So, if a lifelong pacifist liberal says a book about how to train our soldiers is a “must read,” it must be full of peacenik bullshit aimed at undermining the military, right? Believe me, though, when I say that’s not the case with Karl Marlantes’ What It Is Like to Go to War. Marlantes brings experience and knowledge to bear on something about which I know little to nothing. Yet I find the book so profound that I do call it a “must read,” an appellation that rarely passes my lips.
The list of those who should be required to read the book is long: every decisionmaker and policymaker in the Department of Defense, every NCO and officer in the military, and every member of Congress. It better be on President’s Obama’s list of “books I read this summer.” What It Is Like to Go to War should be assigned reading at every military academy and in any fundamental leadership course for non-academy military training. In fact, it is a book that should be read by everyone who relies on the military. In other words, it should be read by all of us.
Marlantes combines personal experience, philosophy, history, mythology, ethics, psychology and spirituality in examining how we train our warriors. Marlantes has a range of ideas on how we can better prepare them for the jobs we assign them and, equally as important, to return home with the least damage to their psyche. Much of what he suggests comes from his own experiences as a combat Marine in Vietnam (some of which will be familiar to those who read his highly praised Matterhorn: A Novel of the Vietnam War) and as he tried to cope with post-traumatic stress disorder after the war. Even though that war was fought decades ago, Marlantes now has the benefit of perspective.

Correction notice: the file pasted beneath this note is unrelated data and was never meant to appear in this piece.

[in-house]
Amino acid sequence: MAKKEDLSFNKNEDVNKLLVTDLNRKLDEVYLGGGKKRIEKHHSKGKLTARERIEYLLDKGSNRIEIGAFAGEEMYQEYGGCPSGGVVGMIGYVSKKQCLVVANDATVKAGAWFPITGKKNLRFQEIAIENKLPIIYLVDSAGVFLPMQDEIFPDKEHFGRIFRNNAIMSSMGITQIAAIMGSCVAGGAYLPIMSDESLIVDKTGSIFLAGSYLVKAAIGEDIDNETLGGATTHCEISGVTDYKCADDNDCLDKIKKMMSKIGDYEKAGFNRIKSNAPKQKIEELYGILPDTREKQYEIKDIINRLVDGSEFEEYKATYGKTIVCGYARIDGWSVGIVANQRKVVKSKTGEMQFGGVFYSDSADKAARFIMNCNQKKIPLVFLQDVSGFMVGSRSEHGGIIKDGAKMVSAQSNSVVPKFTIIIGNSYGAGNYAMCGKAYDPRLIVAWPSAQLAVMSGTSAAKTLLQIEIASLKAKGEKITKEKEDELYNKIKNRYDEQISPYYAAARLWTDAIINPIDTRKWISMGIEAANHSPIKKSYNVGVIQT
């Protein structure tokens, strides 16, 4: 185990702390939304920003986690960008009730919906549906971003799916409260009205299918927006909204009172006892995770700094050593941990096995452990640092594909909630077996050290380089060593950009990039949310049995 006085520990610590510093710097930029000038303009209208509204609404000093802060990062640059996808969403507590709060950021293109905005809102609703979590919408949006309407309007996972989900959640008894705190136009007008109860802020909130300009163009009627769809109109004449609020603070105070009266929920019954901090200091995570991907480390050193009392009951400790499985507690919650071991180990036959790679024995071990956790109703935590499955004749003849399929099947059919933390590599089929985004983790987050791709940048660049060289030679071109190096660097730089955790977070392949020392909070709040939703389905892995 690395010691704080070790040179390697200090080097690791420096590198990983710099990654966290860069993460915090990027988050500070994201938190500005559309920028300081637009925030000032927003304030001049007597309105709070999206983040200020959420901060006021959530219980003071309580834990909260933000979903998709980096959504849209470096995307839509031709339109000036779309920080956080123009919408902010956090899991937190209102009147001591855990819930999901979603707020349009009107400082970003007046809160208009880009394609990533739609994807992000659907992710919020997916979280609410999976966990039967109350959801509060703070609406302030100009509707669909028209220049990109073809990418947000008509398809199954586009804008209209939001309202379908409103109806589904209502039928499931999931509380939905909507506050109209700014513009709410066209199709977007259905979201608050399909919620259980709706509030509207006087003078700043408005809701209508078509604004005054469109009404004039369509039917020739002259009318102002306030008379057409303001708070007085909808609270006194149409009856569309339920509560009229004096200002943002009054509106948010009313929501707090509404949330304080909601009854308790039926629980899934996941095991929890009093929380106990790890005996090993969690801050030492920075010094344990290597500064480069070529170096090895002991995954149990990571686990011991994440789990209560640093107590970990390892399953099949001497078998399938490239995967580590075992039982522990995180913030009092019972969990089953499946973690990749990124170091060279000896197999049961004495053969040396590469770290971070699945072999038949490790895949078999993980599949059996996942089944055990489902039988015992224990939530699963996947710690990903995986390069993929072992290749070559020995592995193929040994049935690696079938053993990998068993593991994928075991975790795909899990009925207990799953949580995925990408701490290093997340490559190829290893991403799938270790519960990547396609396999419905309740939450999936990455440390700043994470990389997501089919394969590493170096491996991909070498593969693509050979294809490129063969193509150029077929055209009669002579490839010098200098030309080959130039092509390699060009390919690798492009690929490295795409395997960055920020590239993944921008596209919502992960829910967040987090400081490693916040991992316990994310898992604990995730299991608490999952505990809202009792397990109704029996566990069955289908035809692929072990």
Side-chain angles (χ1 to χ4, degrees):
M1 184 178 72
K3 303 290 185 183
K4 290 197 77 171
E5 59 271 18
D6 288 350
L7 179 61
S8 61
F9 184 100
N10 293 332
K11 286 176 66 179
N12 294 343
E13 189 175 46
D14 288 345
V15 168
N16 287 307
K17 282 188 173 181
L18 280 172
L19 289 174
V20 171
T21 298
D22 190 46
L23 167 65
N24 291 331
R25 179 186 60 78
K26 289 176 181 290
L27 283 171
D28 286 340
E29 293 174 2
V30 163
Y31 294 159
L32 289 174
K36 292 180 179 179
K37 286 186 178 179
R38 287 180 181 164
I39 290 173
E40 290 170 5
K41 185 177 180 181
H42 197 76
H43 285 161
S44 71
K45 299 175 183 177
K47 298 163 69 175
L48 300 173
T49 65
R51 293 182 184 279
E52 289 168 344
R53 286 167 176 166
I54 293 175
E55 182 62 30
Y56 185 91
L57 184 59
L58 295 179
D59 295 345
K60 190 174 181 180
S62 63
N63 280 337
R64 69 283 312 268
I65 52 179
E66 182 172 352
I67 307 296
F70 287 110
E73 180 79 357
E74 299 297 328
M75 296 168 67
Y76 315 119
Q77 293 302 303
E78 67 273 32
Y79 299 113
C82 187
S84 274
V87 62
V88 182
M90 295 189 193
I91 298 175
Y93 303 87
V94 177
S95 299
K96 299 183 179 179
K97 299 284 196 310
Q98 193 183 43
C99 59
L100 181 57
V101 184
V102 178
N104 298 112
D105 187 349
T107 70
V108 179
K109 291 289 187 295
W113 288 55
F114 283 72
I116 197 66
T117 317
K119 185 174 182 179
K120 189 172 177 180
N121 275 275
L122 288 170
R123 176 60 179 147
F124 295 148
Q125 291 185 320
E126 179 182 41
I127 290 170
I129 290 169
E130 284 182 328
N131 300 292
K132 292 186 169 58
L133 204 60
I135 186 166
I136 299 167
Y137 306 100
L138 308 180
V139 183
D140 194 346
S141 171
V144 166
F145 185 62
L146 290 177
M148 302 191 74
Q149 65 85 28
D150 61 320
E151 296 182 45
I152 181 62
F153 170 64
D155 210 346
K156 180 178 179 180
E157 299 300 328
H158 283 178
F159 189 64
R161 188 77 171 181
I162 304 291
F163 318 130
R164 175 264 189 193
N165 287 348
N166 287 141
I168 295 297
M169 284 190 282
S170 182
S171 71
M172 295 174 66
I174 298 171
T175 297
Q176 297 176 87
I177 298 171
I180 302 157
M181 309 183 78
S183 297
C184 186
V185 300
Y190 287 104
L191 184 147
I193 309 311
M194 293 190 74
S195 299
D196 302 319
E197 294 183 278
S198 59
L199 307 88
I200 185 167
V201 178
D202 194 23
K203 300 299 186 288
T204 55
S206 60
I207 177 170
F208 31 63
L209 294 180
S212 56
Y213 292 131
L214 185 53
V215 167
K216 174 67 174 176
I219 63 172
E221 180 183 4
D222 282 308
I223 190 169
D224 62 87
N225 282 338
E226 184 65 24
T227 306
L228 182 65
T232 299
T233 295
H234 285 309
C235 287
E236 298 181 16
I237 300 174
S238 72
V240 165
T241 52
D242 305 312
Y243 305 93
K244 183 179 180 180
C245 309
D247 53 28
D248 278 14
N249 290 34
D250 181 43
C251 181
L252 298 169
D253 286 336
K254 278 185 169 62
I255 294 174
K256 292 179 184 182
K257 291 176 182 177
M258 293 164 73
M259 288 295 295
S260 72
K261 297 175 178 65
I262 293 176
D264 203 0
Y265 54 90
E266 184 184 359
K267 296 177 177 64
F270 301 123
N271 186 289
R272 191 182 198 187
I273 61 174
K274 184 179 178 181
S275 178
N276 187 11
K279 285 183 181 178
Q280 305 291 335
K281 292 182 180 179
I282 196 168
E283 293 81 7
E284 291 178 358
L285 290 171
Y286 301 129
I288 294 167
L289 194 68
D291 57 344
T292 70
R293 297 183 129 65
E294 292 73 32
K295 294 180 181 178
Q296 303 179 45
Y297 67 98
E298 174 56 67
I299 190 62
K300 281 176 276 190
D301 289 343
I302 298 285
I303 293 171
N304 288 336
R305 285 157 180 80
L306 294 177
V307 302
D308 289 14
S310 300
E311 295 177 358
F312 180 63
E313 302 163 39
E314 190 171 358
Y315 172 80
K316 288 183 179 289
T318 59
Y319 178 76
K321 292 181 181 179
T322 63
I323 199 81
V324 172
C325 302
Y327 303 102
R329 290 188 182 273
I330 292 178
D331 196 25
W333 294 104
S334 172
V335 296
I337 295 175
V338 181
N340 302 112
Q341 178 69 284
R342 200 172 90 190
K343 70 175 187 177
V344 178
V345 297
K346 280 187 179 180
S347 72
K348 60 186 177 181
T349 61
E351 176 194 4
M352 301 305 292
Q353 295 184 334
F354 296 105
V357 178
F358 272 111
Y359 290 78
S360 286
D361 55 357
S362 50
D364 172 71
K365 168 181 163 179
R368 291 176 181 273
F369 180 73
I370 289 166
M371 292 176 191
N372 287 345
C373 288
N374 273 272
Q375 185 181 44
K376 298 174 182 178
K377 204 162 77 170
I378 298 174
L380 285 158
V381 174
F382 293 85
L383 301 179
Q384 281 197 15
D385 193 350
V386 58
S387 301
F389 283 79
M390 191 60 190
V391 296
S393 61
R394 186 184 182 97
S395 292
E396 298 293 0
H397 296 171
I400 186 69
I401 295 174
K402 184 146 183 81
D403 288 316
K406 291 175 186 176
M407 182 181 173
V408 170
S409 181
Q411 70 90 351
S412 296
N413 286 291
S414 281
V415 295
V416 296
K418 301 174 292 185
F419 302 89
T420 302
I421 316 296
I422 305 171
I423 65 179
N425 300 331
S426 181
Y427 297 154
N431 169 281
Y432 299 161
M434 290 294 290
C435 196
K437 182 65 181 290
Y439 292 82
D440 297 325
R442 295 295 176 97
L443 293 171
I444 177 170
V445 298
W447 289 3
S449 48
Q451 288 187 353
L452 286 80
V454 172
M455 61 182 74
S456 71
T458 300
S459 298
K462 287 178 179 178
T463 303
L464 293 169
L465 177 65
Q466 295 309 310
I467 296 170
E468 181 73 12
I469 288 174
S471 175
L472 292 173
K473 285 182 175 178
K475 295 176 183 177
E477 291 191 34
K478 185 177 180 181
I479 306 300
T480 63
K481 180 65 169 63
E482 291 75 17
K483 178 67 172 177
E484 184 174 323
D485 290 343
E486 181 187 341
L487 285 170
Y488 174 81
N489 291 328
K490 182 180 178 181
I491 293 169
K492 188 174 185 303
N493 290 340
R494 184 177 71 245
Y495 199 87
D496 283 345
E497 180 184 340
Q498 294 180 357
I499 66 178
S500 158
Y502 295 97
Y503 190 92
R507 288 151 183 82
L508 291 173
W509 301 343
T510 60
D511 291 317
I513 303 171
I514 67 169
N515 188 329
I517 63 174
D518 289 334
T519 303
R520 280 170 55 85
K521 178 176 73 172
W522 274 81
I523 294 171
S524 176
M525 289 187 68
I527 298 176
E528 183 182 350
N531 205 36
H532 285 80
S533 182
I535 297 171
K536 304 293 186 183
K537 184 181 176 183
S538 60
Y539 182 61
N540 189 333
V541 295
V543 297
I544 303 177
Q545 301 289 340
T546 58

He argues persuasively that not only do today’s soliders face many of the same issues he did, the ability to kill remotely, and seemingly antiseptically, with drones, cruise missles and the like may raise other issues. Yet while recognizing modern warfare, What It Is Like to Go to War occasionally also looks to the past. Marlantes argues that some “primitive” societies better prepared their warriors for the toll combat takes on the body and the mind. Among other things, he suggests “rituals” to aid combat veterans, including some that would be performed immediately after a firefight. He also suggests that spiritual (not necessarily religious) guidance not only be part of military training, but available in the combat zone and afterward, particularly since our wars are fought by the young of society. At least from a layperson’s perspective, much of what the book suggests does not seem to be difficult to put into practice or disruptive of military training.
There is no question Marlantes, a Rhodes scholar, thought long and hard about the personal consequences of combat, how we prepare our soldiers for it and how to help them deal with it afterward. The book is stunning in the breadth of knowledge on which it draws yet is written to remain highly accessible. It is an important book, far too important to ignore.
When you are confronted with a seemingly painless moral choice, the odds are that you haven’t looked deeply enough.
Karl Marlantes, What It Is Like to Go to War